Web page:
Tuesday, April 25, 2006


“Relationships among educators within a school range from vigorously healthy to dangerously competitive. Strengthen those relationships, and you improve professional practice.” (Roland S. Barth)

After reading a recent article by Roland S. Barth in Educational Leadership, March 2006 I began to reflect on relationships among professionals here at QHST. For the first time I now understand what being "colleagues" means. (Ironically its only because we are colleagues I'm not afraid to admit my lack of understanding)

College students surely never envision teaching as a solo profession. How can they? There are 100 teachers in a building, there are faculty rooms, department offices, teacher's cafeterias and let us not forget the 34 new faces every 60 mins. They all understandably believe this until the step foot into a NYC school.

I clearly remember stepping into my first middle school job in Queens. I was given a room, no explanation of what was expected of me, no real advice and no knowledge about where to find help or if it even existed. I was alone (with exception of the 34 seventh graders who just got off summer break).

Sure there was a sense of "congeniality"(Barth), pseudo-friendly relationships between teachers talking about anything other than the teaching profession. Conversations around ballgames, TV shows, and vacation planning took up all the adult gatherings in the "professional" rooms around the building. No one spoke about work because no one trusted each other. Everyone was uncomfortable sharing their accomplishments, or their heartaches of classroom experiences. Asking a question of pedagogy was seen as a weakness. These conversations quickly became the breeding ground for cliques and antithetical for developing a positive school culture.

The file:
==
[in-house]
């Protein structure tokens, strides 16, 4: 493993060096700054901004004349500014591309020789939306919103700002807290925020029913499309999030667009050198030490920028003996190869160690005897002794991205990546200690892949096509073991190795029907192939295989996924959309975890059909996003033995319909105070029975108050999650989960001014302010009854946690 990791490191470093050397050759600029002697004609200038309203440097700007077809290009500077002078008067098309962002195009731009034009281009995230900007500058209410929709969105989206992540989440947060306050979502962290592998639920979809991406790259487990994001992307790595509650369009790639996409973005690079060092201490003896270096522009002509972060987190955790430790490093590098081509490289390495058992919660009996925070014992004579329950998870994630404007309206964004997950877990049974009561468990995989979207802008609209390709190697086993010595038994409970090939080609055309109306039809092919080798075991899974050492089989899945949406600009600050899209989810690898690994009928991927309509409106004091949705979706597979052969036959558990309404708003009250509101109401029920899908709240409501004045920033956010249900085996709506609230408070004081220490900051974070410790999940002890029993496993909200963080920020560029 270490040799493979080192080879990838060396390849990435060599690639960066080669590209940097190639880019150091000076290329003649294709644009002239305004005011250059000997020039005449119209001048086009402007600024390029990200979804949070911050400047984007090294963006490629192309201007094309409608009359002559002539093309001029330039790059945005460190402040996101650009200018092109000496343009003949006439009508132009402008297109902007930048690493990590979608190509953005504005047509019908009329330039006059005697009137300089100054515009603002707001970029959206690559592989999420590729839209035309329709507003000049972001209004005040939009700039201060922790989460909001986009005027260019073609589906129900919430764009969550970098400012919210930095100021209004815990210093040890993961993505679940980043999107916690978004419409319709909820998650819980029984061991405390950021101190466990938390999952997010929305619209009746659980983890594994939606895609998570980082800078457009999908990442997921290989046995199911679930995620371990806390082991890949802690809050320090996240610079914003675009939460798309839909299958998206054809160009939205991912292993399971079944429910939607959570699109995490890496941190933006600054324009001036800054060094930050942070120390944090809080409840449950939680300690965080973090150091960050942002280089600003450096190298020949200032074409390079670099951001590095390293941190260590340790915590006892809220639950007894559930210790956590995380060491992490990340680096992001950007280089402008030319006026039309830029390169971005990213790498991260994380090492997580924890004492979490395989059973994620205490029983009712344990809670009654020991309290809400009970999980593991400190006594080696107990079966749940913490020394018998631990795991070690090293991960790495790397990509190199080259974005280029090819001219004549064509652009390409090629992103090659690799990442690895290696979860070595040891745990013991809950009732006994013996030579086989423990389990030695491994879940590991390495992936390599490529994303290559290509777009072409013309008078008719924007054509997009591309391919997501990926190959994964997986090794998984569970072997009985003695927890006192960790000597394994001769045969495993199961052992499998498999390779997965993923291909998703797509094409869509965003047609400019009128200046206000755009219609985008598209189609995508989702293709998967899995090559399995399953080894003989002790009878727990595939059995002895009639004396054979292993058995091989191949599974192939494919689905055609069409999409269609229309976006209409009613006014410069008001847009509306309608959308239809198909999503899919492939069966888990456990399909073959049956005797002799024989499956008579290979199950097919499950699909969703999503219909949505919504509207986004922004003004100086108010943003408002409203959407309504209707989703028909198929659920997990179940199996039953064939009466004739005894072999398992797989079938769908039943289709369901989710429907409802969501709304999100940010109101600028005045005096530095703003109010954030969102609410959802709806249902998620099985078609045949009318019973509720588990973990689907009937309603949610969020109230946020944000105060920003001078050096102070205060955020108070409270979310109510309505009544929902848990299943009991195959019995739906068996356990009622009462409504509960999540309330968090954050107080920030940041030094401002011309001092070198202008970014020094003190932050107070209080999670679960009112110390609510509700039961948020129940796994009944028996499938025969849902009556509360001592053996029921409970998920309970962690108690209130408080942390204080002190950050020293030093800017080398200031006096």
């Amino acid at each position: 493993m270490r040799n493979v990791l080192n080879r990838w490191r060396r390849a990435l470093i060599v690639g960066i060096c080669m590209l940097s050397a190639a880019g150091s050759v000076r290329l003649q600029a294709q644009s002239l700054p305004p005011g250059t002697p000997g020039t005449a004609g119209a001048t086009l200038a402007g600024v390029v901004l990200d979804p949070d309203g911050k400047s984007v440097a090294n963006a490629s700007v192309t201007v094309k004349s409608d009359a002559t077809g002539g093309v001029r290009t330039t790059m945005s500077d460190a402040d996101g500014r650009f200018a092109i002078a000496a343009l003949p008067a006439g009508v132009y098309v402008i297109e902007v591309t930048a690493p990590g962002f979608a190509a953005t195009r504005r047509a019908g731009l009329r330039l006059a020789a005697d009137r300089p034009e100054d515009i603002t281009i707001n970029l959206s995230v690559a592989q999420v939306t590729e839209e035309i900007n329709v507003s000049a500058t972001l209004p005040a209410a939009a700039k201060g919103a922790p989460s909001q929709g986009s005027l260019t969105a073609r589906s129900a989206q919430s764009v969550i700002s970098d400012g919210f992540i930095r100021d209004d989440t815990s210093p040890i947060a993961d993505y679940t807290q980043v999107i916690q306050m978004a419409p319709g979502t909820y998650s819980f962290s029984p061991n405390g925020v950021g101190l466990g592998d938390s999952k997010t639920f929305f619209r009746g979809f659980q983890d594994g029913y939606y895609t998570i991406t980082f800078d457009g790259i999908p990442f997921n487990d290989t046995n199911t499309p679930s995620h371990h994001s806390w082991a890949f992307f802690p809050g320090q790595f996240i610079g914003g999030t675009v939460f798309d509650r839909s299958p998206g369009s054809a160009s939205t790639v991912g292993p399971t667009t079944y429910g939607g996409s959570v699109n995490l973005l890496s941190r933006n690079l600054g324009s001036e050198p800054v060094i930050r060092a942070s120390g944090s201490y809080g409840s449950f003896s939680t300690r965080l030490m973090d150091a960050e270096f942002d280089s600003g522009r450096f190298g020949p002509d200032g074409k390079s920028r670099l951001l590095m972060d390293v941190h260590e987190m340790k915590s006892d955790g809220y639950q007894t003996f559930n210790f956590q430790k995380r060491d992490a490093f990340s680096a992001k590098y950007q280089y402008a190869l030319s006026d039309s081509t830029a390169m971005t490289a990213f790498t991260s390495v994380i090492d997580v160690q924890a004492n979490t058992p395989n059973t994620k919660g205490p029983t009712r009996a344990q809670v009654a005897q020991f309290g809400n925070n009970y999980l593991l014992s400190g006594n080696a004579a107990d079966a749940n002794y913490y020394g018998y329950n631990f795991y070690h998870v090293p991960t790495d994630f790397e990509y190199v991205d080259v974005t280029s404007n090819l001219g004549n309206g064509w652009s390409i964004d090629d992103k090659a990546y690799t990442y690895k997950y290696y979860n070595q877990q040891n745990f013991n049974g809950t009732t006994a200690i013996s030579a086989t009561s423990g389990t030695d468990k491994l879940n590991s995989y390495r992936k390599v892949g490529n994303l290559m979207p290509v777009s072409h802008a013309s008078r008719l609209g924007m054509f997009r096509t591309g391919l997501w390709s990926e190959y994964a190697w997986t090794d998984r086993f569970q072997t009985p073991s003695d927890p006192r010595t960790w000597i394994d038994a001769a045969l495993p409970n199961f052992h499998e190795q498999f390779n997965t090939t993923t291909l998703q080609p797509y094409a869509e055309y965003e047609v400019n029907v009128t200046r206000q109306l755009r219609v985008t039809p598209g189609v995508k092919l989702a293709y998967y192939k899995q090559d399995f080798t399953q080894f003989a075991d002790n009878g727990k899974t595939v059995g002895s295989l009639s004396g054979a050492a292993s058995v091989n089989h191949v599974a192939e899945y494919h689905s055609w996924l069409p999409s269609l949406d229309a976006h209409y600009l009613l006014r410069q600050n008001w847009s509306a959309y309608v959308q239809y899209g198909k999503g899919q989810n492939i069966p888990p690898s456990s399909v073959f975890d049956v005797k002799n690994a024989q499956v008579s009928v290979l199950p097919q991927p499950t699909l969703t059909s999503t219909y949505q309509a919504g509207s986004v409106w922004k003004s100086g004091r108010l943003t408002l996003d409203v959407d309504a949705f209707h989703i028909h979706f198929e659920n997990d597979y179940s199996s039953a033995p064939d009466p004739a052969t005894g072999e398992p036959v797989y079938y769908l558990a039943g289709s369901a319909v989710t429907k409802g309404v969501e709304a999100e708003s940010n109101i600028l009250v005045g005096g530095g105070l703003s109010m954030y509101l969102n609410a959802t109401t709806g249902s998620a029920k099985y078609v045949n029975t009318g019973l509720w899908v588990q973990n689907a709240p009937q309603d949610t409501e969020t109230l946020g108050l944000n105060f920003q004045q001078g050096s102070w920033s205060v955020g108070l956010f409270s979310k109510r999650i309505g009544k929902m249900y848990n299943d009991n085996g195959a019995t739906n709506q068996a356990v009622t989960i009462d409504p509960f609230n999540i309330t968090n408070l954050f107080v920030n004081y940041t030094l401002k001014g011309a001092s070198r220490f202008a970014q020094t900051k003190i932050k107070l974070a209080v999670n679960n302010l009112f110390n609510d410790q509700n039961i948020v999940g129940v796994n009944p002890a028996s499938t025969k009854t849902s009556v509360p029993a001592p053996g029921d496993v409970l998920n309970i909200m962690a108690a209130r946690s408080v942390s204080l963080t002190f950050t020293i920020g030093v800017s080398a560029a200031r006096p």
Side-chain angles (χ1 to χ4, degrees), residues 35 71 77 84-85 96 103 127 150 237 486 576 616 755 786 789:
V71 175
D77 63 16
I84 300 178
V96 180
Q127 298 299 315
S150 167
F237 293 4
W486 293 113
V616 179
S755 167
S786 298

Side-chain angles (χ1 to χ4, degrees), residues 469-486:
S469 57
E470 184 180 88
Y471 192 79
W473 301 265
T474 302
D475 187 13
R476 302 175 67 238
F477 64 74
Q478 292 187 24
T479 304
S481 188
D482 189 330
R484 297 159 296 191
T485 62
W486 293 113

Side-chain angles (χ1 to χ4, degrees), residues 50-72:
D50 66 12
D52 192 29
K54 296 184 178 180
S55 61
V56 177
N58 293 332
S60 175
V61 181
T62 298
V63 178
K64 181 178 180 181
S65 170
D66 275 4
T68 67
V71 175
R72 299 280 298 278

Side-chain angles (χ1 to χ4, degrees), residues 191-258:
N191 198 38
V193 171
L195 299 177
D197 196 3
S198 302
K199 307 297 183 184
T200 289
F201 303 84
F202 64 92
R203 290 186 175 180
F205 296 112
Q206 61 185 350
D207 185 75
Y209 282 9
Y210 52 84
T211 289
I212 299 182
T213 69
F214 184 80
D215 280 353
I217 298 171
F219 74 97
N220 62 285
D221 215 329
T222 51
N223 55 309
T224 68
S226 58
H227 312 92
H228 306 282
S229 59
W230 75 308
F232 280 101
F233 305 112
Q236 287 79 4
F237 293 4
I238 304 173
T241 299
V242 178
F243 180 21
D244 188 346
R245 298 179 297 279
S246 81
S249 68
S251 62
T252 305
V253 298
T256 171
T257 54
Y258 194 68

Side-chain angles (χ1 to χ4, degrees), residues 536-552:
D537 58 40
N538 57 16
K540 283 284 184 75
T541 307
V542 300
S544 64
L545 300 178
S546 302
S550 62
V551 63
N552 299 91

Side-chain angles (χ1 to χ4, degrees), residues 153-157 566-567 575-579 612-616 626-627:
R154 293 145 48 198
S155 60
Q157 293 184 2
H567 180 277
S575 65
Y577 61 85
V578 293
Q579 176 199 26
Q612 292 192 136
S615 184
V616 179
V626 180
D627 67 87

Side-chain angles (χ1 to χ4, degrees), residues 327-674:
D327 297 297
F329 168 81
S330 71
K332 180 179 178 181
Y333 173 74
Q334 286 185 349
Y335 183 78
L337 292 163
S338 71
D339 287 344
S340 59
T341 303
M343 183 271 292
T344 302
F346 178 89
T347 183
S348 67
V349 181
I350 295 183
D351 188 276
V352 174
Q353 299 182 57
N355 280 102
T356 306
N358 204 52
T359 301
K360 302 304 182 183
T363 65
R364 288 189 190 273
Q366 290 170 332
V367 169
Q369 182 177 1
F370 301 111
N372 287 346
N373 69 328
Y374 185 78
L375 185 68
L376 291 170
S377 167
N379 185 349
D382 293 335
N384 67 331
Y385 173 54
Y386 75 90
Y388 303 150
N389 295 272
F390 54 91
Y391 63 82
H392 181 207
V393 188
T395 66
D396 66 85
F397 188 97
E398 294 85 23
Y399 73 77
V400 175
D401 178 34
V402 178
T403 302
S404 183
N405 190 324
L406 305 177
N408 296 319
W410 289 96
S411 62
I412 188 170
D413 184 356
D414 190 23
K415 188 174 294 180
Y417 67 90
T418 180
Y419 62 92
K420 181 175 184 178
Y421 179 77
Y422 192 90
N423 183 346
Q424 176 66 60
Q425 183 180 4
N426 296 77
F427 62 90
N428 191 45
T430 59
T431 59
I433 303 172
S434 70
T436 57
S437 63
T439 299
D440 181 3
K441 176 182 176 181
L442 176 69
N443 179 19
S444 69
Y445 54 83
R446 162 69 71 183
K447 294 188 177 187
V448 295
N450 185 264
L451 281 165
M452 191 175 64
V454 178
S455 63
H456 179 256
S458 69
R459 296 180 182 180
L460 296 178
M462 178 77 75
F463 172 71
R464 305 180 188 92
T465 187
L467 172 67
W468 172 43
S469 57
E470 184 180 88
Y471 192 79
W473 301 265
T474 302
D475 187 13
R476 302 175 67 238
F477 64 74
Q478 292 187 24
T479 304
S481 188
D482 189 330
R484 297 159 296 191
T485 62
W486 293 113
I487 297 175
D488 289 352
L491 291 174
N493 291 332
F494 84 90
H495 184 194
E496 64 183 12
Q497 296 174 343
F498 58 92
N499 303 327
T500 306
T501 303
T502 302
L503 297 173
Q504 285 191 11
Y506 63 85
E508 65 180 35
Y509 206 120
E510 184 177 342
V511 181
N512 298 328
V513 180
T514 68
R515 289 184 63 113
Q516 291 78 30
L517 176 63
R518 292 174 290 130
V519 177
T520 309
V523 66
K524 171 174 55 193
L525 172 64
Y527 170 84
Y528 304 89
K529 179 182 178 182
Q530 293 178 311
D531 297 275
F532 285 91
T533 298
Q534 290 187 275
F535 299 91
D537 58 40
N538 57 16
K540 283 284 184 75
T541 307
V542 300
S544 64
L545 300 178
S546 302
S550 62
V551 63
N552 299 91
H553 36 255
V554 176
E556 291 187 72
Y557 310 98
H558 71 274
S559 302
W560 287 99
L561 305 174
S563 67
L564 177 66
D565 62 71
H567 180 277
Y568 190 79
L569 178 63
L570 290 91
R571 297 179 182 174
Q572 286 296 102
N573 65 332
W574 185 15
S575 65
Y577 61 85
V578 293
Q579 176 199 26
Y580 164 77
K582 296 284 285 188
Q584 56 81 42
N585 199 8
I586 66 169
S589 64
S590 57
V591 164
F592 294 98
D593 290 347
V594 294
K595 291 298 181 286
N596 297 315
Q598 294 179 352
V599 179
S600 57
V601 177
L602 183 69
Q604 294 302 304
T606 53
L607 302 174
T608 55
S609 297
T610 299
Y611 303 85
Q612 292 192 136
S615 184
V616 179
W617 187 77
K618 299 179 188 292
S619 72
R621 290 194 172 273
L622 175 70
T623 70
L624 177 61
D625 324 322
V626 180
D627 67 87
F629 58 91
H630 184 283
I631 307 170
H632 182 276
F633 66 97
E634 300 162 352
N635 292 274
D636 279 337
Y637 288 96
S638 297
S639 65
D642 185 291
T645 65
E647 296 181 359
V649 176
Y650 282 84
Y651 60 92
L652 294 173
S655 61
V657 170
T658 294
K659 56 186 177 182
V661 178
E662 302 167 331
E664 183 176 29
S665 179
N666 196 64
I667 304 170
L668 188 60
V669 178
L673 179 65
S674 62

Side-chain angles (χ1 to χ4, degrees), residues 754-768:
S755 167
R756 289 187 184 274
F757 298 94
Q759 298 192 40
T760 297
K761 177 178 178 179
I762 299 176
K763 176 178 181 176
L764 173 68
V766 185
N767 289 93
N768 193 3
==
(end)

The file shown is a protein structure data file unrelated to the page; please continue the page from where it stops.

Closing the door and doing your own thing seemed to be what teachers did. And we did it in isolation. ( and of course we all thought we were doing it well)

Here for the first time in my short career there is a sense of "collegiality" (Barth). Professional relationships based on critical feedback from respected peers are the norm in the school culture that has been created here at QHST. During lunch breaks teacher's conversations are centered on sharing their craft.

ALL teachers here at QHST work extremely hard, and having these conversations, being comfortable enough to know its ok to share something you are struggling with professionally is an amazing feeling.

When we as a school voted against the CFG meetings I was concerned about the loss of the professional conversation. I do miss meeting everyone in my SLC together to have an "open and honest" feedback session, but the school culture of an ongoing professional reflective conversation seems to be continuing.

Being on a team of colleagues this year has been a true growth experience for me.

Please read the hyperlinked article (Click Here)and leave a comment below...

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